Here I am now with a second baby and the world has changed.  In just five years, it’s changed.  People don’t spend as much time with people now, they spend it online, connecting through social media and blogging and emails and facetime and anything but face to face contact.  This becomes more obvious than ever when you have a new baby or a birthday.   When I had Birdy we were inundated with visitors.  This time we were inundated with facebook messages.  Nobody feels the need to come and see the baby because they’ve already seen it on facebook.  Ten years ago, when you had a birthday the phone used to ring all day.  Now those same people send a text or leave a facebook message.  It’s not necessarily a bad thing, but it seems like these forms of communication are a bit less personal.  They’re more immediate and it’s nice that you can have conversations with people on the other side of the world, but it’s also a more distant way of communicating.  And more temporary.  I know I’ll keep every single card that was sent to welcome Molly into the world.  And when she’s older, I’ll get them all out of their musty shoebox and read them with her, whereas the facebook messages and texts will be lost forever.  To me, there’s something unspeakably beautiful about the fact that those cards once ran through a physical printing process, travelled to a shop, were carefully selected, were held in the hands and homes of the people who wrote them, that they then travelled through real space and time to get to us, were delivered by another pair of hands to our mailbox and were held and read by us in another place and time.  It’s like a big community effort to deliver those greetings and messages.  One day when Molly is much, much older she’ll hold them again, even if it’s only to throw them in the bin!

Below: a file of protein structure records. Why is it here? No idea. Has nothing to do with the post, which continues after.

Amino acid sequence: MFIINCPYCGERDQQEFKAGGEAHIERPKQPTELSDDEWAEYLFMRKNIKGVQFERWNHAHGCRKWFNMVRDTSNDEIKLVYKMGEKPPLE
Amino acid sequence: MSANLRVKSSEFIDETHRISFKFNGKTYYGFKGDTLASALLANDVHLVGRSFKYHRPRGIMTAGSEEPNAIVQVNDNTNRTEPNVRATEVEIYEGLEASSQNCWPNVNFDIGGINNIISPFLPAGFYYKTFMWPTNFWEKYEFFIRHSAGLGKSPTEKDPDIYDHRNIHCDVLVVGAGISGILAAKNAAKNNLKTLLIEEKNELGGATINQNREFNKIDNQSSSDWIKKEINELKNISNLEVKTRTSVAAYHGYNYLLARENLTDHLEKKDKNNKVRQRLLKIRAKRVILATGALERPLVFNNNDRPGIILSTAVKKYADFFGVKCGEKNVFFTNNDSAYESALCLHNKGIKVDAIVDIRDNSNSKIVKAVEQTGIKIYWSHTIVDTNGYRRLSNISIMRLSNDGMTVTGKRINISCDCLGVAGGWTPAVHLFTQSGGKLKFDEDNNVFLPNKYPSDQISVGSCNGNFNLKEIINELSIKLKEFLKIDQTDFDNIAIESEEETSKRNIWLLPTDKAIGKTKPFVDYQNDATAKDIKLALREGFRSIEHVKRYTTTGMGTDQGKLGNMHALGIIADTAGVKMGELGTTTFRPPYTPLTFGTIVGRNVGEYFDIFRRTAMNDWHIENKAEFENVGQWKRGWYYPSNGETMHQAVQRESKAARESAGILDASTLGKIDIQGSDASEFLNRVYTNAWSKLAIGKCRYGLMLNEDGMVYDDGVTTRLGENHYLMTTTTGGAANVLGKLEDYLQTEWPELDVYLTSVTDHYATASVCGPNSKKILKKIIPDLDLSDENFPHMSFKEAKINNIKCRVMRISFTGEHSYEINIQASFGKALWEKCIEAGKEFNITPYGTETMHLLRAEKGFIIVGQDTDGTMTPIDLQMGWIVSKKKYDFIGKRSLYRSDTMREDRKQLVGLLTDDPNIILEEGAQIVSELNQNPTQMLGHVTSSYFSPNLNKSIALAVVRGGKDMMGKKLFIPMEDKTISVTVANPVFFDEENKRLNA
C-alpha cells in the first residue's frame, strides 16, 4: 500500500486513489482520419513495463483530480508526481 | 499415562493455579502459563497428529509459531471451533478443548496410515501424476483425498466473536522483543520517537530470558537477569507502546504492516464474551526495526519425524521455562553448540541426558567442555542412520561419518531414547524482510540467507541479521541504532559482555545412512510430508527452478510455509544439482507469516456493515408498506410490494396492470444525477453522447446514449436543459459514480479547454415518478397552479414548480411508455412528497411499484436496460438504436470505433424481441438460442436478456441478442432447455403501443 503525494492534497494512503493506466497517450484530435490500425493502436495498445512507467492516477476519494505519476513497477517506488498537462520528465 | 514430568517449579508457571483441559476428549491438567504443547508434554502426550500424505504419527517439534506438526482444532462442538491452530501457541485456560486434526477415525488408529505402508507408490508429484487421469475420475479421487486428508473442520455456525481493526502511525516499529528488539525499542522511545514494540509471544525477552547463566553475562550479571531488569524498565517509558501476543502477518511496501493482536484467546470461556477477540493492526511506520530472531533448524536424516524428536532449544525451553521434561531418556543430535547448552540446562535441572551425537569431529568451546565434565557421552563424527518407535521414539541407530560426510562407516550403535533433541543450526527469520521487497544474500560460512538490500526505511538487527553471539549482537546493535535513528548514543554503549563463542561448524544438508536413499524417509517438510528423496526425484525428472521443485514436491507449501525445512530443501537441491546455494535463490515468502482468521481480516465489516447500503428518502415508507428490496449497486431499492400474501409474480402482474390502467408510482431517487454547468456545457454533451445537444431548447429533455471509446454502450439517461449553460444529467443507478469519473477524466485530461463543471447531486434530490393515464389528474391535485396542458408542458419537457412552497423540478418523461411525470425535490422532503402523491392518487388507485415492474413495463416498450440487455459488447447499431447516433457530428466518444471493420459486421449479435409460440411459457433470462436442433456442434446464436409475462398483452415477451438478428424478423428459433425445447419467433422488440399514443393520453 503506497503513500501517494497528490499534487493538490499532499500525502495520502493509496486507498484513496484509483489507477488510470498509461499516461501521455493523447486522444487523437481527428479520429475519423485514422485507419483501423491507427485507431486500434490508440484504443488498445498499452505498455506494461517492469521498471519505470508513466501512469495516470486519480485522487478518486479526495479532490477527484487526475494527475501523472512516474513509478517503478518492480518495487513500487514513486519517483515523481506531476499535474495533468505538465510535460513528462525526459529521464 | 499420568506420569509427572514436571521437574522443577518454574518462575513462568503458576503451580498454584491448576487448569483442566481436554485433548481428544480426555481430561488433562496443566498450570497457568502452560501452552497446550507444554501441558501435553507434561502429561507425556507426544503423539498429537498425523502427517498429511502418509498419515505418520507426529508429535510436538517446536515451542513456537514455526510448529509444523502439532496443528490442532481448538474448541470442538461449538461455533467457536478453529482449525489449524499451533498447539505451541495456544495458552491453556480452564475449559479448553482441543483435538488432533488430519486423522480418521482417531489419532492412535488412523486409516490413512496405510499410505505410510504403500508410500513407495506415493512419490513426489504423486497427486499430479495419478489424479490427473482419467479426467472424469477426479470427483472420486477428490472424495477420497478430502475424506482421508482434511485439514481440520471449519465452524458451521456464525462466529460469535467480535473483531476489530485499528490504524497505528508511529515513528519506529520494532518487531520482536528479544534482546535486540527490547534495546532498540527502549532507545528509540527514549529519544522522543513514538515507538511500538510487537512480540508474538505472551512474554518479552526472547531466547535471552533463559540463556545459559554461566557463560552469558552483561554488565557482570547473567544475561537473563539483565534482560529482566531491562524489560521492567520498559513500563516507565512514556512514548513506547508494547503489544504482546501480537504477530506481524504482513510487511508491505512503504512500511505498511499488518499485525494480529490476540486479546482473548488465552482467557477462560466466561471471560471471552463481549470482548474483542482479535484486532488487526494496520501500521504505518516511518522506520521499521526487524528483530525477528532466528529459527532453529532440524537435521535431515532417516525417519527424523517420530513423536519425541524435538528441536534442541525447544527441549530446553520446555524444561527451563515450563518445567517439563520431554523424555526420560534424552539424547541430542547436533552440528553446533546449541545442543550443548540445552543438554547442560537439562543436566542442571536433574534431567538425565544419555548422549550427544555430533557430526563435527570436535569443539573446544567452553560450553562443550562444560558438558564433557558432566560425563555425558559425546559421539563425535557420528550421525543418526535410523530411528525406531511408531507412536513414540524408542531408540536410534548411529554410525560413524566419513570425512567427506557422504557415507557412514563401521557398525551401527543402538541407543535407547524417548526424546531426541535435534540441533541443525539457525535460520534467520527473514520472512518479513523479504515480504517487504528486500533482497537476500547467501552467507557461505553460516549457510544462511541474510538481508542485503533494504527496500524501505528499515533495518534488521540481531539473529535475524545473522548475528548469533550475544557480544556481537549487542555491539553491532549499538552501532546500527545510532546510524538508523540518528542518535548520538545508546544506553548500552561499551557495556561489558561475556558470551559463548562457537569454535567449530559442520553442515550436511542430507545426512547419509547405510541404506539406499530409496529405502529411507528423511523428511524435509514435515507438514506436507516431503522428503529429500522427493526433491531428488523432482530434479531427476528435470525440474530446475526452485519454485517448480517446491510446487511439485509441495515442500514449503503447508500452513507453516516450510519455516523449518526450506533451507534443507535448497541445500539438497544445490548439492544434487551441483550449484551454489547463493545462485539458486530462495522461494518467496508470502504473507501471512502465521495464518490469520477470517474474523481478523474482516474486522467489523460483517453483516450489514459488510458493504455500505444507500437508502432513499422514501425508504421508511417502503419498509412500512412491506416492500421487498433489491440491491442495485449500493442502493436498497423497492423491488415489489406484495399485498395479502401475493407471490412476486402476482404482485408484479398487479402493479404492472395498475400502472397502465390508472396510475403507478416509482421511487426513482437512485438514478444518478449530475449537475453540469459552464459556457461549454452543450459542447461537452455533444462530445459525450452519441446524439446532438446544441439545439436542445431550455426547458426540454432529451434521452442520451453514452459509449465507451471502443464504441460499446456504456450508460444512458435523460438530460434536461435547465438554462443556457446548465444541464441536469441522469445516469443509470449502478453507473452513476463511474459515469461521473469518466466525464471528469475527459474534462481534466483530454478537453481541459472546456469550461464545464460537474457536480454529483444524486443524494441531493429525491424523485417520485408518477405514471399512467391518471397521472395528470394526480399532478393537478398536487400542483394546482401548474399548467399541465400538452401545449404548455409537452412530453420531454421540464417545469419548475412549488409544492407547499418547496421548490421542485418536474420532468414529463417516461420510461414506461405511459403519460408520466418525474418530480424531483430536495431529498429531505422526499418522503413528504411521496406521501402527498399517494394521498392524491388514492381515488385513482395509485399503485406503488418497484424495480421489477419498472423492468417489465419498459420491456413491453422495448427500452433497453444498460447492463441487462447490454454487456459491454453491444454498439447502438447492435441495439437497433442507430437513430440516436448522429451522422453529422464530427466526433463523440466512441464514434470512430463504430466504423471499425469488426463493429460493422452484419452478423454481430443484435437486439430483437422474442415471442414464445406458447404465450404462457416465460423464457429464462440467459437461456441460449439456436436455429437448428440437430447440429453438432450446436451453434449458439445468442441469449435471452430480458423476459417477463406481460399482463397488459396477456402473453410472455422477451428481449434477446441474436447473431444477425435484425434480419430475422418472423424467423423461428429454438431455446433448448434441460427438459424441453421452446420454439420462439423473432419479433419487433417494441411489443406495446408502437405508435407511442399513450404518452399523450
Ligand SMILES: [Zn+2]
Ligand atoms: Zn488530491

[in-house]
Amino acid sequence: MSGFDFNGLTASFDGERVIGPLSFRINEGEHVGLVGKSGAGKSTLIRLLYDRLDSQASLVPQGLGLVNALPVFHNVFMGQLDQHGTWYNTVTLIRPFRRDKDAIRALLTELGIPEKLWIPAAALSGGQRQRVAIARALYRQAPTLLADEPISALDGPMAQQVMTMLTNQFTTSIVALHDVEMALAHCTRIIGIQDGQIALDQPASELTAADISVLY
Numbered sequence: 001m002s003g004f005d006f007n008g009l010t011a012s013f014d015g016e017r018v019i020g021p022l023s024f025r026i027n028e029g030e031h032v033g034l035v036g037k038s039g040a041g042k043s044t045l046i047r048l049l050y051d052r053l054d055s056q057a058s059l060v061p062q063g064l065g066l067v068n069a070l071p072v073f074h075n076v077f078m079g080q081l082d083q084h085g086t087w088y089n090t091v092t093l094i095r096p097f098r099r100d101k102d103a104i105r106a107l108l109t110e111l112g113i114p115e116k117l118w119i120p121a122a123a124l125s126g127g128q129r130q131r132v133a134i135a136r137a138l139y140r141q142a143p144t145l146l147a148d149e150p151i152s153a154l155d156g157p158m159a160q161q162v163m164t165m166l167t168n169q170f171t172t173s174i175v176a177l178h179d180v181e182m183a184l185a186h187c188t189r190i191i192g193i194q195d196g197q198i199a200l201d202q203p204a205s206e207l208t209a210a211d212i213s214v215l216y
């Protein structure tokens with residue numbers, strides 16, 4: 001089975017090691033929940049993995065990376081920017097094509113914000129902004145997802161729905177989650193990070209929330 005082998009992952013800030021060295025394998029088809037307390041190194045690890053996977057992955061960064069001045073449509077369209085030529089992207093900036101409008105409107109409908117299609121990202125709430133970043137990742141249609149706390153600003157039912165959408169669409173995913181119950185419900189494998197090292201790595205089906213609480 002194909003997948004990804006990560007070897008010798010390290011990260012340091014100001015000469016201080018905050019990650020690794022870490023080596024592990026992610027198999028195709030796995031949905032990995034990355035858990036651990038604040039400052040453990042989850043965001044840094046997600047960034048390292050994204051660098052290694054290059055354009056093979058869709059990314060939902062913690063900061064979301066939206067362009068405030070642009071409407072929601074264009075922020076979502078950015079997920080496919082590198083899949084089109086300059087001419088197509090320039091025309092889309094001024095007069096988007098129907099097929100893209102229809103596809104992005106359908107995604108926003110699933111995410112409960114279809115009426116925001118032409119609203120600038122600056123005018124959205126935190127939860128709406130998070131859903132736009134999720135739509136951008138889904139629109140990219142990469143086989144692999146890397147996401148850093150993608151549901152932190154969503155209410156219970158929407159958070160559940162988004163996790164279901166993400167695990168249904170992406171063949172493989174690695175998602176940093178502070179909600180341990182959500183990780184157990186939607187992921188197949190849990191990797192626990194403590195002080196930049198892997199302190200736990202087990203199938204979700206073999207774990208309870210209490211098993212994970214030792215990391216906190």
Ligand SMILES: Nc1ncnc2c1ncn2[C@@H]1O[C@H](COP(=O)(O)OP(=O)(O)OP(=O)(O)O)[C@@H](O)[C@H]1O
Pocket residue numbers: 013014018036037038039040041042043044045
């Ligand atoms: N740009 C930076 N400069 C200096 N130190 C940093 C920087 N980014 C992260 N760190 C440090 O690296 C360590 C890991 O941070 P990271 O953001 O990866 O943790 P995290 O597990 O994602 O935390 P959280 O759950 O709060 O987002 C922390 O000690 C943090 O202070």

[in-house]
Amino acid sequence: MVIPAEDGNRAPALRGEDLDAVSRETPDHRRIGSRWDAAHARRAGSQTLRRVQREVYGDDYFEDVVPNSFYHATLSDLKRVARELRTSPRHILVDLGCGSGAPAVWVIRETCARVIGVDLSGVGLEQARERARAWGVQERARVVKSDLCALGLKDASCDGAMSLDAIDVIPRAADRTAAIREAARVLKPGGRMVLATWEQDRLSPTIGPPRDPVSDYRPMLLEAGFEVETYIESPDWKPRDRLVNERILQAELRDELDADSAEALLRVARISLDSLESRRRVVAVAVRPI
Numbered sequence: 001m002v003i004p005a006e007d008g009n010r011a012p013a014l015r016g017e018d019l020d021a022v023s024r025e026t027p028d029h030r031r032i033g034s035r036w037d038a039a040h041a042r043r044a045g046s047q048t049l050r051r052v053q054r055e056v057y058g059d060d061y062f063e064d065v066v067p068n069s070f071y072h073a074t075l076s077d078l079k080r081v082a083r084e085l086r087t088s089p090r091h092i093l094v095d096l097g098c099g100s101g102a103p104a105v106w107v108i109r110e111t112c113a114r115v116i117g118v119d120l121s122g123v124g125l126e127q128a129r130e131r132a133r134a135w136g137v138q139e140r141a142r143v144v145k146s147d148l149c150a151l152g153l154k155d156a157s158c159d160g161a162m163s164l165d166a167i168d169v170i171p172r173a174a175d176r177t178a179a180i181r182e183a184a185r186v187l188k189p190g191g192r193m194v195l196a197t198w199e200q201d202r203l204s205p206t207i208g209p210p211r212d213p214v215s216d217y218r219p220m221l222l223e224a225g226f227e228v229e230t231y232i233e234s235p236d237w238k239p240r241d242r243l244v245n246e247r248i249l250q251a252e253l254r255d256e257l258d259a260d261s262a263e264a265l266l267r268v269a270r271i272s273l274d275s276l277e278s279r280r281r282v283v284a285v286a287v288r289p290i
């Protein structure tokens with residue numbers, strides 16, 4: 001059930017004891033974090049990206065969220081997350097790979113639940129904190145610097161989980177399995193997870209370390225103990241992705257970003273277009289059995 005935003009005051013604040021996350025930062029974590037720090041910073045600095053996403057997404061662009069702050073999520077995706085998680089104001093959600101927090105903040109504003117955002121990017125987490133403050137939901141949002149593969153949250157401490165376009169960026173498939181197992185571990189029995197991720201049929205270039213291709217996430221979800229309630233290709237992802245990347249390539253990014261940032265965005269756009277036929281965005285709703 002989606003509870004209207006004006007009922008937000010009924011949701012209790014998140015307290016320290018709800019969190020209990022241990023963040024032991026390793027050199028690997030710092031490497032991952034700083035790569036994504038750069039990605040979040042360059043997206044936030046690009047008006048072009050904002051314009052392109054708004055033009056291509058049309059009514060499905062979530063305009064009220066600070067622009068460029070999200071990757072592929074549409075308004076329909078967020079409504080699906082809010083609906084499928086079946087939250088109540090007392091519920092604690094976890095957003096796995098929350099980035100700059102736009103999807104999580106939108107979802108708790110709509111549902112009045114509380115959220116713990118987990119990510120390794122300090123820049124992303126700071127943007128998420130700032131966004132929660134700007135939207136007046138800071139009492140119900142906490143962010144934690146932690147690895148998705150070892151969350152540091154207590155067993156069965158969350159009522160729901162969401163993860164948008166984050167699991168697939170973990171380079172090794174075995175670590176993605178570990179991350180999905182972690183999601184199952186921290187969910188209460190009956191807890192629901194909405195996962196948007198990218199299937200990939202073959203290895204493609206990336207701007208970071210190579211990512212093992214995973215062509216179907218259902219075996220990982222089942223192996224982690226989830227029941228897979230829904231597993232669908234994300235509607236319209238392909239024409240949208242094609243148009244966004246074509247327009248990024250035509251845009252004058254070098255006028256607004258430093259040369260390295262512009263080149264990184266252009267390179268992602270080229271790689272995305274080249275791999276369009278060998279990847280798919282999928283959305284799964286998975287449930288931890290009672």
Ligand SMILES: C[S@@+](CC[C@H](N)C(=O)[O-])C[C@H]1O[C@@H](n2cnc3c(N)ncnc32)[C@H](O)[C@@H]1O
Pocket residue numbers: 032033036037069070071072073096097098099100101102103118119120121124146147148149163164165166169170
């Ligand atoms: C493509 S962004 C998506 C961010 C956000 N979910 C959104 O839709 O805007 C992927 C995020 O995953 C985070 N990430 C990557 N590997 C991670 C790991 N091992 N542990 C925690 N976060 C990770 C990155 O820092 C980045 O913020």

We Mums have particularly embraced social media.  When you’re stuck at home with a sleeping or feeding baby you can go online and feel like you’ve connected with somebody.  You can put a question out there and a bunch of people will have something to say about it.  But I think it can also make us lazy and, in a way, isolated.  We’re less likely to pick up the phone and call our friends.  We don’t bother to drive across town to visit.  We don’t open up our homes quite so much as we used to and we miss out on spending really good quality time with each other.

Last weekend we had Birdy’s 5th birthday party at our house.  We always have our parties at home.  It was nice this year to include a few of Birdy’s pre-school friends who have never been to our house before.  I always think you never really know a person until you’ve been to their house.  Sure you can see on facebook what a person’s fave movies and TV shows are, but you learn so much more when you eat a meal in their home.  You can tell what year they got married by the colour of their crockery  (Blue & yellow, 1999, Square plates, 2005, Brown & maroon 2006, black & white patterns, 2010 and 2011)!  When you visit someone’s home you see photos of their family and their travels, artworks they treasure, their CD collection, instruments you never knew they played, books on the shelf (or the fact that there are no books on the shelf) or whatever!

So my goal for this year at home is to try to reconnect with people face to face.  To have more friends over to my house and to just pick up the phone and call, rather than always sending messages on facebook or by email.  I don’t have a beautifully renovated home or a blitzed backyard and I don’t cook like a Masterchef, but hey, I’m aiming for reality, not reality TV.  So if I blog a little less this year, hopefully it’s because I’m calling a little more often!  And living in the moment.  The fully present, real, right now moment.  And hey, if you’re my friend and you’re reading this, maybe you could call me too, and we could catch up sometime… face to face, not on facebook or facetime.  But right now, I’ve got to go.  Molly needs a feed.  And she needs it right now!


Do you use social media and technology to connect with other Mums and to the outside world when you’re at home?  Is there a down side to all this interaction or do you feel it’s only a positive force in your life?  Do you agree that children help you to live in the moment?